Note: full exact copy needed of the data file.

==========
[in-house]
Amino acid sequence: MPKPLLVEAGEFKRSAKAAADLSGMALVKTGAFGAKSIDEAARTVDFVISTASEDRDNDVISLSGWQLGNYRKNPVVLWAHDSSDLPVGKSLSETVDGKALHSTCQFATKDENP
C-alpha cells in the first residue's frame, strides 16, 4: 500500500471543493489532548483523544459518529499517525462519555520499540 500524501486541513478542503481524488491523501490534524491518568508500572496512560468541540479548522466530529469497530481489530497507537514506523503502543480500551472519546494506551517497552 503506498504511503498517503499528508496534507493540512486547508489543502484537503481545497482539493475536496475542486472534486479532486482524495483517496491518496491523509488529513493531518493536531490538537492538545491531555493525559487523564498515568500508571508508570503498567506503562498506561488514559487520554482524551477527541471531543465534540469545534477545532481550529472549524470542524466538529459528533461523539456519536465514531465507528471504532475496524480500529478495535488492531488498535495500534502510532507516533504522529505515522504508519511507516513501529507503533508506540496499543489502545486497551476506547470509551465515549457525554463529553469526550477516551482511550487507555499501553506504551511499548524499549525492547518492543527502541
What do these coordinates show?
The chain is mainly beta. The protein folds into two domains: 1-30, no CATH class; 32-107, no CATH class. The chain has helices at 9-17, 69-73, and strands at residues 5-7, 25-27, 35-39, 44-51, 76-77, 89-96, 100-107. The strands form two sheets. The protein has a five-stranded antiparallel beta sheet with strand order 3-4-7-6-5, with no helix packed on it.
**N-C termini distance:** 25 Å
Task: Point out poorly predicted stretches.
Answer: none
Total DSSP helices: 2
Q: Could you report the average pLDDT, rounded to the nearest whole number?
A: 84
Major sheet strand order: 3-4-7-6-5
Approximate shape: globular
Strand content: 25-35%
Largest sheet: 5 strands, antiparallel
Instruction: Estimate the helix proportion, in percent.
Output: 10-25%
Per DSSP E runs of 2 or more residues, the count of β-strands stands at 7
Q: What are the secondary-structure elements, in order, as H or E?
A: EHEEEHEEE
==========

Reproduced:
[in-house]
Amino acid sequence: MPKPLLVEAGEFKRSAKAAADLSGMALVKTGAFGAKSIDEAARTVDFVISTASEDRDNDVISLSGWQLGNYRKNPVVLWAHDSSDLPVGKSLSETVDGKALHSTCQFATKDENP
C-alpha cells in the first residue's frame, strides 16, 4: 500500500471543493489532548483523544459518529499517525462519555520499540 500524501486541513478542503481524488491523501490534524491518568508500572496512560468541540479548522466530529469497530481489530497507537514506523503502543480500551472519546494506551517497552 503506498504511503498517503499528508496534507493540512486547508489543502484537503481545497482539493475536496475542486472534486479532486482524495483517496491518496491523509488529513493531518493536531490538537492538545491531555493525559487523564498515568500508571508508570503498567506503562498506561488514559487520554482524551477527541471531543465534540469545534477545532481550529472549524470542524466538529459528533461523539456519536465514531465507528471504532475496524480500529478495535488492531488498535495500534502510532507516533504522529505515522504508519511507516513501529507503533508506540496499543489502545486497551476506547470509551465515549457525554463529553469526550477516551482511550487507555499501553506504551511499548524499549525492547518492543527502541
What do these coordinates show?
The chain is mainly beta. The protein folds into two domains: 1-30, no CATH class; 32-107, no CATH class. The chain has helices at 9-17, 69-73, and strands at residues 5-7, 25-27, 35-39, 44-51, 76-77, 89-96, 100-107. The strands form two sheets. The protein has a five-stranded antiparallel beta sheet with strand order 3-4-7-6-5, with no helix packed on it.
**N-C termini distance:** 25 Å
Task: Point out poorly predicted stretches.
Answer: none
Total DSSP helices: 2
Q: Could you report the average pLDDT, rounded to the nearest whole number?
A: 84
Major sheet strand order: 3-4-7-6-5
Approximate shape: globular
Strand content: 25-35%
Largest sheet: 5 strands, antiparallel
Instruction: Estimate the helix proportion, in percent.
Output: 10-25%
Per DSSP E runs of 2 or more residues, the count of β-strands stands at 7
Q: What are the secondary-structure elements, in order, as H or E?
A: EHEEEHEEE